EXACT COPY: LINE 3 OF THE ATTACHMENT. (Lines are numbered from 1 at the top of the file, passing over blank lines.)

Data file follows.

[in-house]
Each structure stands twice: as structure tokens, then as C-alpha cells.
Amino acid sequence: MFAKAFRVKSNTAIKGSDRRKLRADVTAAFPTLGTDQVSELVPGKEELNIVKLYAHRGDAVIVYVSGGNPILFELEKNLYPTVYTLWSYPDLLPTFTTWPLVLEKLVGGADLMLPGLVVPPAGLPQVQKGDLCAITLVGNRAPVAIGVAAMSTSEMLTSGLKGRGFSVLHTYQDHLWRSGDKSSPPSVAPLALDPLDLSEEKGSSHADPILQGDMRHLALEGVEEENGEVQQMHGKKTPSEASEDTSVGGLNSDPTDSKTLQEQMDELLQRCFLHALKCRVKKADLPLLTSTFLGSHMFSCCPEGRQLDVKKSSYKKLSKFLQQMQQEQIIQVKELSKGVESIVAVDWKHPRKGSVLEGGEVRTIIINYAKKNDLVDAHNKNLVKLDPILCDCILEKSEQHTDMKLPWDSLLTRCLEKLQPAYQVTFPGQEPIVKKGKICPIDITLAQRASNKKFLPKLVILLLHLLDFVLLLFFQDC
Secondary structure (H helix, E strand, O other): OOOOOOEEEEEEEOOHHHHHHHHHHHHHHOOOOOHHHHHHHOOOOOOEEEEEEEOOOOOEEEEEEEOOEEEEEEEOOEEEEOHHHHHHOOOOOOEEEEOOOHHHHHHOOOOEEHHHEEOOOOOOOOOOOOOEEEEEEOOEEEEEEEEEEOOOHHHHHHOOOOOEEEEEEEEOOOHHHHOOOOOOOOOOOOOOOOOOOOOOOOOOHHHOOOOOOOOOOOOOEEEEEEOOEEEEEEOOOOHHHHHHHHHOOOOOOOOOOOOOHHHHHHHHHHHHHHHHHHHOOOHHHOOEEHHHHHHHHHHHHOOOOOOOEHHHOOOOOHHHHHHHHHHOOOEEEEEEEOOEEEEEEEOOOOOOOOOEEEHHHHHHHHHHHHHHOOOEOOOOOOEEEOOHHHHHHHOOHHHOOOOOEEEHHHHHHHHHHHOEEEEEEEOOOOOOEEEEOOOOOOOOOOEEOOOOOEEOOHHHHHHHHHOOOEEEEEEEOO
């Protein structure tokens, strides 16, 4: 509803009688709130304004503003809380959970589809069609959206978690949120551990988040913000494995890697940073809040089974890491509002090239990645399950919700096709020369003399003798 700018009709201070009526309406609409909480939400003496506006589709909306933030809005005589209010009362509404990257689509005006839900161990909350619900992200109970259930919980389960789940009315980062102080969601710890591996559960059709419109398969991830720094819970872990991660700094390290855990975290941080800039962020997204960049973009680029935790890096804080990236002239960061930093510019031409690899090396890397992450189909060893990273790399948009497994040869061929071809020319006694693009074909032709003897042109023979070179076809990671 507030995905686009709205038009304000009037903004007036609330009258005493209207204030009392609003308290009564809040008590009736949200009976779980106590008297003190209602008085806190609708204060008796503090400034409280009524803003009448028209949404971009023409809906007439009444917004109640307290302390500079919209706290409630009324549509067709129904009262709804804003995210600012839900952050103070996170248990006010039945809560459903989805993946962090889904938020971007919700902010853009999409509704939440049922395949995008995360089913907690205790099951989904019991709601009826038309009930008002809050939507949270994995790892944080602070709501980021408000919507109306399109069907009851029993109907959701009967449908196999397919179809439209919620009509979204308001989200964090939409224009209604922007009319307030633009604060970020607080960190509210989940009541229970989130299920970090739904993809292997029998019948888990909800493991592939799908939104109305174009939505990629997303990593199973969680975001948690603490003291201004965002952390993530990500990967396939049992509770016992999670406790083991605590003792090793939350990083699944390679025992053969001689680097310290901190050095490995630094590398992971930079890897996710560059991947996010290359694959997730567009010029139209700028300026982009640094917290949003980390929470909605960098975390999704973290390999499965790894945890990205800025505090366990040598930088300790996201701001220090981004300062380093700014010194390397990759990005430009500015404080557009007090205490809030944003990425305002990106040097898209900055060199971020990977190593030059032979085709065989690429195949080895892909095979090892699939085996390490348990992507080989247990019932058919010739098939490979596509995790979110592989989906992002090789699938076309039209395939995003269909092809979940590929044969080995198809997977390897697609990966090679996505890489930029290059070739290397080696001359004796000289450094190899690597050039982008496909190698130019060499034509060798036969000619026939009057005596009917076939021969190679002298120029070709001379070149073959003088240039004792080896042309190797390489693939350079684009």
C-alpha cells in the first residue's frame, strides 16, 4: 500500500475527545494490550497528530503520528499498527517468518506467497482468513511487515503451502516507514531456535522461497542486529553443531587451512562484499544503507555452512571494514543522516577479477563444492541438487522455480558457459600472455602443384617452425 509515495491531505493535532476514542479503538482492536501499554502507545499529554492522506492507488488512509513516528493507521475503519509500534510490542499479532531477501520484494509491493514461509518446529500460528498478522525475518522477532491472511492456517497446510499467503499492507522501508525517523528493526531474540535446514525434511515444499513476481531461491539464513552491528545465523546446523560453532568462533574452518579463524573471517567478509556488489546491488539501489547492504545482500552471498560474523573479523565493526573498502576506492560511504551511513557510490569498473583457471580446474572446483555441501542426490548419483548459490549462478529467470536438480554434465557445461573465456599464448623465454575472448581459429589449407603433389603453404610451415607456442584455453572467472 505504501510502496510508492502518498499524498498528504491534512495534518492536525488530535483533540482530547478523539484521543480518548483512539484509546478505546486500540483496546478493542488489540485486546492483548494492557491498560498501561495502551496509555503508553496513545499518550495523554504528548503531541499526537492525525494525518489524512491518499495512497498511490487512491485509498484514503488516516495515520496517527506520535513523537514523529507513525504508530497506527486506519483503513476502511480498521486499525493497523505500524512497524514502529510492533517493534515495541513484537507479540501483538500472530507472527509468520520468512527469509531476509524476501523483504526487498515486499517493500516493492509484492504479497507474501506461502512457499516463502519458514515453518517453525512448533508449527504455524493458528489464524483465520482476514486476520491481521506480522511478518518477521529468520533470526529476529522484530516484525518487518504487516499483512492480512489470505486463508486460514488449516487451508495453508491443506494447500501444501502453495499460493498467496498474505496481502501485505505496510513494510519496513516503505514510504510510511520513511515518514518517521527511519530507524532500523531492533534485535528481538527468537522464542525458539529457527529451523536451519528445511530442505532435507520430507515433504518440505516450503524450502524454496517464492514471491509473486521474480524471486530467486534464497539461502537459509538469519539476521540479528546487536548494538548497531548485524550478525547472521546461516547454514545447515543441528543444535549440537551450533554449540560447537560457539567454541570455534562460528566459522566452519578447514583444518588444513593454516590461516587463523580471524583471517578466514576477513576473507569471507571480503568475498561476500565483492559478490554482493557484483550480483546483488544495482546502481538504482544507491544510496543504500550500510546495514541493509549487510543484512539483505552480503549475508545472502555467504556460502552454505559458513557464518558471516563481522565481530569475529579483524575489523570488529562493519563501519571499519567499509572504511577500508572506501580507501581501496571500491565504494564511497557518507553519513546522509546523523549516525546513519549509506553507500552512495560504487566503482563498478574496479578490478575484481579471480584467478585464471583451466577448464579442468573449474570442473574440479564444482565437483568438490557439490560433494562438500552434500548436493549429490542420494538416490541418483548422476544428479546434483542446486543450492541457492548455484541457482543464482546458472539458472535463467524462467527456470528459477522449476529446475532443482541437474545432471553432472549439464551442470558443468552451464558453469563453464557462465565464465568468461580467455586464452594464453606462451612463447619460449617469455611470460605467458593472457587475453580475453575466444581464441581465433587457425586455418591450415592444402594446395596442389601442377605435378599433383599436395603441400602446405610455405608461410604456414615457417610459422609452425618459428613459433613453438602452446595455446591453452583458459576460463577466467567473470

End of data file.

Amino acid sequence: MFAKAFRVKSNTAIKGSDRRKLRADVTAAFPTLGTDQVSELVPGKEELNIVKLYAHRGDAVIVYVSGGNPILFELEKNLYPTVYTLWSYPDLLPTFTTWPLVLEKLVGGADLMLPGLVVPPAGLPQVQKGDLCAITLVGNRAPVAIGVAAMSTSEMLTSGLKGRGFSVLHTYQDHLWRSGDKSSPPSVAPLALDPLDLSEEKGSSHADPILQGDMRHLALEGVEEENGEVQQMHGKKTPSEASEDTSVGGLNSDPTDSKTLQEQMDELLQRCFLHALKCRVKKADLPLLTSTFLGSHMFSCCPEGRQLDVKKSSYKKLSKFLQQMQQEQIIQVKELSKGVESIVAVDWKHPRKGSVLEGGEVRTIIINYAKKNDLVDAHNKNLVKLDPILCDCILEKSEQHTDMKLPWDSLLTRCLEKLQPAYQVTFPGQEPIVKKGKICPIDITLAQRASNKKFLPKLVILLLHLLDFVLLLFFQDC